Will: Let’s get out of Iraq, too
posted at 4:15 pm on September 3, 2009 by Ed Morrissey
Earlier this week, George Will touched off a firestorm of criticism on the Right when he urged Barack Obama to pull American troops out of Afghanistan. In tomorrow’s column, already live at Washington Post’s website, Will completes the circle by demanding a withdrawal from Iraq as well:
Since U.S. troops withdrew from Iraq’s cities, two months have passed, and so has the illusion that Iraq is smoothly transitioning to a normality free of sectarian violence. Recently, Gen. Ray Odierno, commander of U.S. troops there, “blanched” when The Post’s Greg Jaffe asked him if the war is “functionally over.” Odierno said:
“There are still civilians being killed in Iraq. We still have people that are attempting to attack the new Iraqi order and the move towards democracy and a more open economy. So we still have some work to do.”
No, we don’t, even if, as Jaffe reports, the presence of 130,000 U.S. troops “serves as a check on Iraqi military and political leaders’ baser and more sectarian instincts.” After almost 6 1/2 years, and 4,327 American dead and 31,483 wounded, with a war spiraling downward in Afghanistan, it would be indefensible for the U.S. military — overextended and in need of materiel repair and mental recuperation — to loiter in Iraq to improve the instincts of corrupt elites. If there is worse use of the U.S. military than “nation-building,” it is adult supervision and behavior modification of other peoples’ politicians.
More than 725 Iraqis have been killed by terrorism since the June 30 pullback of U.S. forces from the cities. All U.S. combat units are to be withdrawn from the country within a year. Up to 50,000 can remain as “advisers” to an Iraqi government that is ostentatious about its belief that the presence of U.S. forces is superfluous and obnoxious.
Will sets a conundrum for his readers in the final paragraph:
If, in spite of contrary evidence, the U.S. surge permanently dampened sectarian violence, all U.S. forces can come home sooner than the end of 2011. If, however, the surge did not so succeed, U.S. forces must come home sooner.
The gist of Will’s column is that we have failed to fix the corruption and sectarian hostility in Iraq after the surge succeeded in at least calming it down. Will assumes that any further engagement will not result in improvement. However, the surge itself was opposed on the same argument, which turned out to be false. Greater engagement actually solved problems and saved lives. The problems that Will cites mostly came from our disengagement under the terms of the Status of Forces Agreement (SOFA), which many of us worried would be premature.
Will’s argument assumes that we have no real national interest any longer in what happens in and to Iraq. The Shi’ites are hopelessly aligned with Iran, the Kurds do not share Iraqi nationalism with the rest of the population, and the Sunni remain resentful of their minority status and lack of power. All of these are real problems, but they aren’t necessarily hopeless. The engagement strategy launched by George Bush and Robert Gates demonstrated that we can make progress, as long as we take the mission seriously and remain focused on long-term goals, rather than throw our hands up in the air when politicians become corrupt and countries develop minds of their own.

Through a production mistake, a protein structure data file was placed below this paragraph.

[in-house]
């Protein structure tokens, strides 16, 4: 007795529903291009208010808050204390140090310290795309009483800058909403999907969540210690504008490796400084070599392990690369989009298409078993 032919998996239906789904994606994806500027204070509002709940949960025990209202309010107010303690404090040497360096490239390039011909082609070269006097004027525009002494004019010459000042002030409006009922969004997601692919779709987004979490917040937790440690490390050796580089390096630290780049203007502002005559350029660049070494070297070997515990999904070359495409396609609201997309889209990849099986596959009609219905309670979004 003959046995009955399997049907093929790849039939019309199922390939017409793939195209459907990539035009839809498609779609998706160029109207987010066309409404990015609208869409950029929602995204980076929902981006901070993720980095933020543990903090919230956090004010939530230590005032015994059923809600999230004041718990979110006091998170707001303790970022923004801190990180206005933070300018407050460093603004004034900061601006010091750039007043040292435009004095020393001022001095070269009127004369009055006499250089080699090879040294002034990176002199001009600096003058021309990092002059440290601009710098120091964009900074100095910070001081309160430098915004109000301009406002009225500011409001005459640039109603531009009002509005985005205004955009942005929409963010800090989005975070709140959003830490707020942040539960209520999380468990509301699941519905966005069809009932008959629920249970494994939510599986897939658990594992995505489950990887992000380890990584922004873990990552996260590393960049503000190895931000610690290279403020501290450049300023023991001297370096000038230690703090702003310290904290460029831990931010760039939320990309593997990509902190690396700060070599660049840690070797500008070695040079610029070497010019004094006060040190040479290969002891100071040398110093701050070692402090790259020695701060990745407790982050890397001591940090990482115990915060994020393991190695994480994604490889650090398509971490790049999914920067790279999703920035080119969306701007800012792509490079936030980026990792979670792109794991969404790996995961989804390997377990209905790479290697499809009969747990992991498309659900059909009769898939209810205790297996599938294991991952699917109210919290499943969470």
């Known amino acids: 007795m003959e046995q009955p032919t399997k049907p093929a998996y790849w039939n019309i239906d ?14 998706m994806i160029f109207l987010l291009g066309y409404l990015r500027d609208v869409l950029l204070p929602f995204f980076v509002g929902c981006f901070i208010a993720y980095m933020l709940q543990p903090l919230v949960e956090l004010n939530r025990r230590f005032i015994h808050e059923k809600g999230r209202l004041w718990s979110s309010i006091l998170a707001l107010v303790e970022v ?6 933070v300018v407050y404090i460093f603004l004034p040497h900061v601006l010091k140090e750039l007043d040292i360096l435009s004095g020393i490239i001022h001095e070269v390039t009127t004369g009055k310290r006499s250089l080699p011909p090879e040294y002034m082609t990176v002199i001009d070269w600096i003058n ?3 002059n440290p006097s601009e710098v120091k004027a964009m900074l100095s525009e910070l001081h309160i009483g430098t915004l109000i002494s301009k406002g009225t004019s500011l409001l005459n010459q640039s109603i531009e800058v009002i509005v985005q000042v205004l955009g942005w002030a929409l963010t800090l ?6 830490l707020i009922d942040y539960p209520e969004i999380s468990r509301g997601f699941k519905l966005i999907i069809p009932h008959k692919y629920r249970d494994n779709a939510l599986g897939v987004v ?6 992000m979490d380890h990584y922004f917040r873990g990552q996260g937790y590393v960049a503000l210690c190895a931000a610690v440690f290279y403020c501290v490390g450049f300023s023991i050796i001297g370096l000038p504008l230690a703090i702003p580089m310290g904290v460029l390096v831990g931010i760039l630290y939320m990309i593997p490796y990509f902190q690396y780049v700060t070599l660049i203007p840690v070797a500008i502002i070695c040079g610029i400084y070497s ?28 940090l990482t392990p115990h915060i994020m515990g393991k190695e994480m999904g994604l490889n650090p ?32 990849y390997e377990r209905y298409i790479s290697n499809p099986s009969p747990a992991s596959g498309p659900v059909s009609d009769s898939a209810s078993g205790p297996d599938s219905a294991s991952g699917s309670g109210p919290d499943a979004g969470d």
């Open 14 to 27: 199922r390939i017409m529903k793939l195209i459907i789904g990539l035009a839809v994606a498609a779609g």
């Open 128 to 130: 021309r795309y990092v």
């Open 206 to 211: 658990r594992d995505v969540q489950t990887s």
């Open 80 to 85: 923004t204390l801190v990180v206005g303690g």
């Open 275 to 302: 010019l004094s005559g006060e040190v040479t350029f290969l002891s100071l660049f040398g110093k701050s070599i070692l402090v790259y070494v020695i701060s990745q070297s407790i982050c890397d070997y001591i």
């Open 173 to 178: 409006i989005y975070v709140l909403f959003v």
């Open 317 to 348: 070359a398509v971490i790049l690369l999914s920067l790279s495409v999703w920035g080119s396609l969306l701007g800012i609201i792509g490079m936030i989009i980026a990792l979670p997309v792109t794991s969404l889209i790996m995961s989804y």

Interestingly, on Afghanistan, Will gets rebutted by that arch-conservative … David Frum:
American and NATO prestige has been pledged to Afghanistan. A collapse of Afghanistan into warlordism or a narco-state (the likeliest outcome of U.S. withdrawal) would be very costly. And the fact that the West has not done very well in Afghanistan to date does not doom us to failure forever. …
Our goals in Afghanistan are properly modest. Nobody is looking to elevate Afghanistan into a model anything. Those who serve in Afghanistan all understand the concept of “good enough.” Next door, Tajikistan is the second poorest country in Eurasia. Yet its population is literate, and it does not host international terrorist groups. Tajikistan is not much of a democracy and it has suffered from civil war, but it has groped its way to stability and it has not been accused of the kinds of human-rights abuses committed in Uzbekistan. We can look to that kind of future for Afghanistan, if we get the military strategy right.
Is the new strategy right? I won’t predict. But it is new, and it deserves a trial before we reach pessimistic conclusions. Wars are ugly and expensive. But losing wars is worse, and worse in ways often impossible to predict in advance. That’s a lesson I learned as a young conservative back in the 1970s—in very large part by reading the columns of George F. Will.
In both theaters, we have to ask ourselves if the US has significant stakes in the outcomes, and in both theaters, we do. Not even Will disputes that. Next, we have to ask ourselves if we have the resources and the stamina to see the missions through to the outcomes. We do, although neither are limitless, nor should they be. But if we do have significant stakes in the outcomes, especially on national security, then we should have enough stamina to try new strategies and diplomatic initiatives before sounding retreat.
There may come a time when we have tried and failed at every possible way to achieve our mission. In neither theater has that happened as yet. Unlike some of Will’s other critics, I have no reason to question his motives, which I assume spring from the highest sense of patriotism and love of country. That doesn’t make Will correct in his analysis, though, which suffers from a sufficient consideration of the negative consequences of premature retreat, as Frum points out in his answer.